COLUMBUS (WCMH) – Tuesday’s special election could change the way city council is structured.
Issue 1 aims to overhaul the makeup of city council into a ward system. Its opposition wants to keep the structure as is, with seven members elected at-large.
The group Represent Columbus supports Issue 1.
“The problem right now is that city council is elected at-large,” said Whitney Smith, co-chair of Represent Columbus. “They’re elected citywide. They’re not accountable to anyone or any neighborhood.”
The group One Columbus opposes Issue 1.
“We oppose Issue 1 because it will dramatically expand the size of city council, the cost of city council,” said Bryan Clark, campaign manager of One Columbus.
Right now, city council has seven members who are elected city-wide or at-large. Issue 1 proposes to make that number 13, by creating ten wards and having three at-large members.
“People in the city can actually have a representative who lives in their neighborhood, who they can talk to and who they can hold accountable to whatever issue they have that specific to them,” said Smith.
“Issue 1 actually decreases representation on council,” said Clark. “Right now, every Columbus voter gets to vote for all seven council members. Under this proposal, you would only get to vote for four out of 13 council members.”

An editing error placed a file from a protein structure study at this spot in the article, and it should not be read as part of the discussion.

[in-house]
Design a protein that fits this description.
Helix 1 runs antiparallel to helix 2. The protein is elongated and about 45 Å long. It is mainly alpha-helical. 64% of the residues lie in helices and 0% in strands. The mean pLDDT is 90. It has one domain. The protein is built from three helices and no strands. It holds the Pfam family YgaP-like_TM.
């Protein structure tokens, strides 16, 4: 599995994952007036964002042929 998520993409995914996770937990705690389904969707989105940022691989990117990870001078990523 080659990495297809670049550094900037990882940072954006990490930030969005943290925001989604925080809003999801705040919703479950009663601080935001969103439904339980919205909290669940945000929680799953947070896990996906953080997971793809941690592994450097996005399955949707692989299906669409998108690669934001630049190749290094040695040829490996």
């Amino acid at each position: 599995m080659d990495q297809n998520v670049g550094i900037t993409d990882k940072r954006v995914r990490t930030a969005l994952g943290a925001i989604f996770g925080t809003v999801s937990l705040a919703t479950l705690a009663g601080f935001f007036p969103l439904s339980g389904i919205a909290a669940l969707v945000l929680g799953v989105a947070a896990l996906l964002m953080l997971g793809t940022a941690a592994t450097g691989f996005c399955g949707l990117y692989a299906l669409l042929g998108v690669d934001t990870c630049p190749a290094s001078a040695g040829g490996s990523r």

An attack ad paid for by One Columbus claims the change in city council’s structure will cost taxpayers more money.
It states: “Issue 1 would triple the size of city council, up to 25 politicians, each making up to $80,000 a year.”
“That would have to be in over 200 years,” said Smith. “When they say 25 no one’s voting on 25. Right now, you’re voting on ten.”
“Each council member costs taxpayers $80,000 a year,” said Clark. “That’s the full cost for salary and benefits.”
Clark also says the language in the proposed charter amendment is vague.
“There are just so many things that we don’t know,” he says. “We don’t know what a map would look like. We don’t know what the budget will be.”
Smith says people, not politicians will get to draw the district boundaries for each ward.
“If we start off with a map it’s really divisive and that’s to push an agenda, where the only thing that we want to do here is give neighborhoods representation,” says Smith.
Polls open Tuesday at 6:30am and close at 7:30pm.